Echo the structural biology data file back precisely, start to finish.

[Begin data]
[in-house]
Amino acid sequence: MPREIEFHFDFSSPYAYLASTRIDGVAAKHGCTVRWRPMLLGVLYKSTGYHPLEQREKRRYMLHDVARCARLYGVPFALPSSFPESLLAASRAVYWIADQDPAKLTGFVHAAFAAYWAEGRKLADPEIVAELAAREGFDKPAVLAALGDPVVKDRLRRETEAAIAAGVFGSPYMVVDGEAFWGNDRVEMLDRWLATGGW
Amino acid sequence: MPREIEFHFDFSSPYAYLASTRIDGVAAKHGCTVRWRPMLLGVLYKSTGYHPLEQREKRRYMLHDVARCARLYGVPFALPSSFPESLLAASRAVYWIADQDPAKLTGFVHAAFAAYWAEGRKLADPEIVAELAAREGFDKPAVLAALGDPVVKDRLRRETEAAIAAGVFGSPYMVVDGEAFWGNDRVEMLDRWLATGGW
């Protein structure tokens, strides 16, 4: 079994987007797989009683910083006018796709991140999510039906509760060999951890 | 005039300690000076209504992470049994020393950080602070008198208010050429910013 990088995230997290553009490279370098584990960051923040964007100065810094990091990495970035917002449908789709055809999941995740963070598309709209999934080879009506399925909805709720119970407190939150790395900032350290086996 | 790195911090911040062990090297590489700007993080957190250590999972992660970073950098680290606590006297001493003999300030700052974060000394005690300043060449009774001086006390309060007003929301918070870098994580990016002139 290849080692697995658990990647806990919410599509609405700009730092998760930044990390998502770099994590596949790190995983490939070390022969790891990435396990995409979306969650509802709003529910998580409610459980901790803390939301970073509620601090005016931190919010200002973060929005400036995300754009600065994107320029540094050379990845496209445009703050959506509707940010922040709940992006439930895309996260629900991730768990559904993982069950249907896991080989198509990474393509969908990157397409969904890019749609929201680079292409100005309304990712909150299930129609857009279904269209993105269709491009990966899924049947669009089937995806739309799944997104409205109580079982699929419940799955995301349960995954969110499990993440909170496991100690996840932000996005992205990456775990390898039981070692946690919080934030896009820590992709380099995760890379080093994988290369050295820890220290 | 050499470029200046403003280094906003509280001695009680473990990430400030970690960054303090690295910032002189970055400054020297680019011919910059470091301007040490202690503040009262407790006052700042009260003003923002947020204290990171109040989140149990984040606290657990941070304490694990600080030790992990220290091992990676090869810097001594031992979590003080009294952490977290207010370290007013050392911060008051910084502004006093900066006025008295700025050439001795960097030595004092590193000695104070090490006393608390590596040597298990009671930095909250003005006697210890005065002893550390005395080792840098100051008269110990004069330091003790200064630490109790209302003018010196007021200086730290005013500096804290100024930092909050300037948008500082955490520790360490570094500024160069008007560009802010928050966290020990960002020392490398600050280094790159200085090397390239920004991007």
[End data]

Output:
[in-house]
Amino acid sequence: MPREIEFHFDFSSPYAYLASTRIDGVAAKHGCTVRWRPMLLGVLYKSTGYHPLEQREKRRYMLHDVARCARLYGVPFALPSSFPESLLAASRAVYWIADQDPAKLTGFVHAAFAAYWAEGRKLADPEIVAELAAREGFDKPAVLAALGDPVVKDRLRRETEAAIAAGVFGSPYMVVDGEAFWGNDRVEMLDRWLATGGW
Amino acid sequence: MPREIEFHFDFSSPYAYLASTRIDGVAAKHGCTVRWRPMLLGVLYKSTGYHPLEQREKRRYMLHDVARCARLYGVPFALPSSFPESLLAASRAVYWIADQDPAKLTGFVHAAFAAYWAEGRKLADPEIVAELAAREGFDKPAVLAALGDPVVKDRLRRETEAAIAAGVFGSPYMVVDGEAFWGNDRVEMLDRWLATGGW
């Protein structure tokens, strides 16, 4: 079994987007797989009683910083006018796709991140999510039906509760060999951890 | 005039300690000076209504992470049994020393950080602070008198208010050429910013 990088995230997290553009490279370098584990960051923040964007100065810094990091990495970035917002449908789709055809999941995740963070598309709209999934080879009506399925909805709720119970407190939150790395900032350290086996 | 790195911090911040062990090297590489700007993080957190250590999972992660970073950098680290606590006297001493003999300030700052974060000394005690300043060449009774001086006390309060007003929301918070870098994580990016002139 290849080692697995658990990647806990919410599509609405700009730092998760930044990390998502770099994590596949790190995983490939070390022969790891990435396990995409979306969650509802709003529910998580409610459980901790803390939301970073509620601090005016931190919010200002973060929005400036995300754009600065994107320029540094050379990845496209445009703050959506509707940010922040709940992006439930895309996260629900991730768990559904993982069950249907896991080989198509990474393509969908990157397409969904890019749609929201680079292409100005309304990712909150299930129609857009279904269209993105269709491009990966899924049947669009089937995806739309799944997104409205109580079982699929419940799955995301349960995954969110499990993440909170496991100690996840932000996005992205990456775990390898039981070692946690919080934030896009820590992709380099995760890379080093994988290369050295820890220290 | 050499470029200046403003280094906003509280001695009680473990990430400030970690960054303090690295910032002189970055400054020297680019011919910059470091301007040490202690503040009262407790006052700042009260003003923002947020204290990171109040989140149990984040606290657990941070304490694990600080030790992990220290091992990676090869810097001594031992979590003080009294952490977290207010370290007013050392911060008051910084502004006093900066006025008295700025050439001795960097030595004092590193000695104070090490006393608390590596040597298990009671930095909250003005006697210890005065002893550390005395080792840098100051008269110990004069330091003790200064630490109790209302003018010196007021200086730290005013500096804290100024930092909050300037948008500082955490520790360490570094500024160069008007560009802010928050966290020990960002020392490398600050280094790159200085090397390239920004991007």